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9. Then, convinced that what they had long expected was come, they rushed in a body to the residence of the tyrant, carrying firebrands. A great flame arose as the house caught fire, and it was visible as far as Corinth, so that the people of Corinth were astonished and were on the point of sallying forth to help. Nicocles, then, slipped out unnoticed by way of certain underground passages, and ran away from the city, [2] and the soldiers, after extinguishing the fire with the aid of the Sicyonians, plundered his house. Nor did Aratus prevent this, but put the rest of the wealth of the tyrants at the disposition of the citizens. And not a man was killed or even wounded at all, either among the assailants or their enemies, but fortune preserved the enterprise free from the taint of civil bloodshed.

[3] Aratus restored eighty exiles who had been banished by Nicocles, and those also who had fled the city during the reign of former tyrants, to the number of five hundred. These had long been wanderers, yes, for close to fifty years. And now that they had come back, most of them in poverty, they laid claim to the property which they had formerly held, and by going to their farms and houses threw Aratus into great perplexity. For he saw that the city was plotted against by outsiders and eyed with jealousy by Antigonus because it had regained its freedom, while it was full of internal disturbances and faction.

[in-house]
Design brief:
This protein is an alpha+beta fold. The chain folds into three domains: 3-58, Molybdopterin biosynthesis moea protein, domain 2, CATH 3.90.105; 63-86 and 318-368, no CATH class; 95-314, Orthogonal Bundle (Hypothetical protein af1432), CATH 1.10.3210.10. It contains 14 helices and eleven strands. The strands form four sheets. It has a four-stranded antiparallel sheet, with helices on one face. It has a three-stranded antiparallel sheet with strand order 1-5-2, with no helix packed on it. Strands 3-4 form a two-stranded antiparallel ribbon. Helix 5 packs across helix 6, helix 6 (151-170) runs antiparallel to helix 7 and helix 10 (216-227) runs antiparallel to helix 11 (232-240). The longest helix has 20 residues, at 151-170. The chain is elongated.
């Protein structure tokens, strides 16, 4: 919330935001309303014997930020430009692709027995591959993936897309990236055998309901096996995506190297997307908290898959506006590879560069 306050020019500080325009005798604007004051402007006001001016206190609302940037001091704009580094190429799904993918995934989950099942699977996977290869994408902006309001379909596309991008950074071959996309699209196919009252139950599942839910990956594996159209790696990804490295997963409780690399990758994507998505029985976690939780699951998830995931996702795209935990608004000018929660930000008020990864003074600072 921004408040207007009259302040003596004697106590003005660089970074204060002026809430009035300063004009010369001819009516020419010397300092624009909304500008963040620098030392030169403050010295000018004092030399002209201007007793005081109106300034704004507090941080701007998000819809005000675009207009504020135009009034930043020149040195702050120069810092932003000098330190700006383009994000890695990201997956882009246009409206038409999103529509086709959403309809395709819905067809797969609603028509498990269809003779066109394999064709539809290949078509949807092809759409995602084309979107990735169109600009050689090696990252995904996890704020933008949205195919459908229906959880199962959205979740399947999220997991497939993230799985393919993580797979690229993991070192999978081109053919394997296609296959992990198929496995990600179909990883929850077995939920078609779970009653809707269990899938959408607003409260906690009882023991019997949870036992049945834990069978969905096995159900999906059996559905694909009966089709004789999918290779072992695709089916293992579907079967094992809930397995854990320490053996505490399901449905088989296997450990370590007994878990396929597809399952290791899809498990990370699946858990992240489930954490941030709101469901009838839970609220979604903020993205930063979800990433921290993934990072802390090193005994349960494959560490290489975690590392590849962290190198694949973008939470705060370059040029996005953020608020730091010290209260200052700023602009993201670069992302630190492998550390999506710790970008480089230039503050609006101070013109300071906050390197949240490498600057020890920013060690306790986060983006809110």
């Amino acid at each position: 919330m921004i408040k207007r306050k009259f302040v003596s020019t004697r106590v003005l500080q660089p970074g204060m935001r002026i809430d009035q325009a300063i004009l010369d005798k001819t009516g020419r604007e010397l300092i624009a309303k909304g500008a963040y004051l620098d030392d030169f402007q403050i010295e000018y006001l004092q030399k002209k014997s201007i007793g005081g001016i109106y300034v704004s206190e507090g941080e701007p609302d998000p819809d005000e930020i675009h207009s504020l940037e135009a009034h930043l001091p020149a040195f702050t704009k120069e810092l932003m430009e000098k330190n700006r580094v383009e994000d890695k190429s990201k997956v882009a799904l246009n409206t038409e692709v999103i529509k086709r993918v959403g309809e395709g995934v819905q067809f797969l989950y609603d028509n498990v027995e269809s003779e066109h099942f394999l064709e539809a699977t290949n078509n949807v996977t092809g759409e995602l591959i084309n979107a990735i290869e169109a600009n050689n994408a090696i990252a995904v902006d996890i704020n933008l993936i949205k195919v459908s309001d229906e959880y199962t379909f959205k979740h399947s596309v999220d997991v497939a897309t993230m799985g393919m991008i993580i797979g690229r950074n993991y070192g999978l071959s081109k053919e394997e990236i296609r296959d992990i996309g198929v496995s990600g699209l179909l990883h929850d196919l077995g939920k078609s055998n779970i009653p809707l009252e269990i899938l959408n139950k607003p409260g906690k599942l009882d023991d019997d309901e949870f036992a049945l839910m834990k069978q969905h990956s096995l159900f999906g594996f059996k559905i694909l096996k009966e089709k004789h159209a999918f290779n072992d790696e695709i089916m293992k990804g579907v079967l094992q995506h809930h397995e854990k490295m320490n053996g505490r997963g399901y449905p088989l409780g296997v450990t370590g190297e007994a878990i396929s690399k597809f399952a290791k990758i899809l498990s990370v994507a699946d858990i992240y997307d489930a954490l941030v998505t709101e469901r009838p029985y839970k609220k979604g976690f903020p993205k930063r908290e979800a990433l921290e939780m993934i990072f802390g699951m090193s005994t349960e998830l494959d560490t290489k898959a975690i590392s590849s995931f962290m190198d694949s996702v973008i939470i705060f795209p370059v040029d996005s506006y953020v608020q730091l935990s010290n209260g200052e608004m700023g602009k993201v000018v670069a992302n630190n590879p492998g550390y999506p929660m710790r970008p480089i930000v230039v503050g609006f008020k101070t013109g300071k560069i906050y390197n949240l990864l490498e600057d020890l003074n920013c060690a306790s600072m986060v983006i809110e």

[4] Wherefore, as things stood, he thought it best to attach the city promptly to the Achaean League; and so, though the people of Sicyon were Dorians, they voluntarily assumed the name and civil polity of the Achaeans, who at that time had neither brilliant repute nor great strength. For most of them lived in small cities, owned land that was neither fertile nor extensive, and were neighbours to a sea that had no harbours and for the most part washed a precipitous and rocky shore. [5] But this people more than any other showed the world that Greek prowess was invincible, whenever it enjoyed good order, harmonious discipline, and a sensible leader. For though they had taken almost no part in the ancient glories of Greece, and at this time, though counted all together, had not the power of a single considerable city, [6] still, owing to their good counsels and their concord, and because they were able, in place of envying, to obey and follow the one who was pre-eminent among them for virtue, they not only preserved their own freedom in the midst of so great cities and powers and tyrannies, but also were continually saving and setting free very many of the other Greeks.

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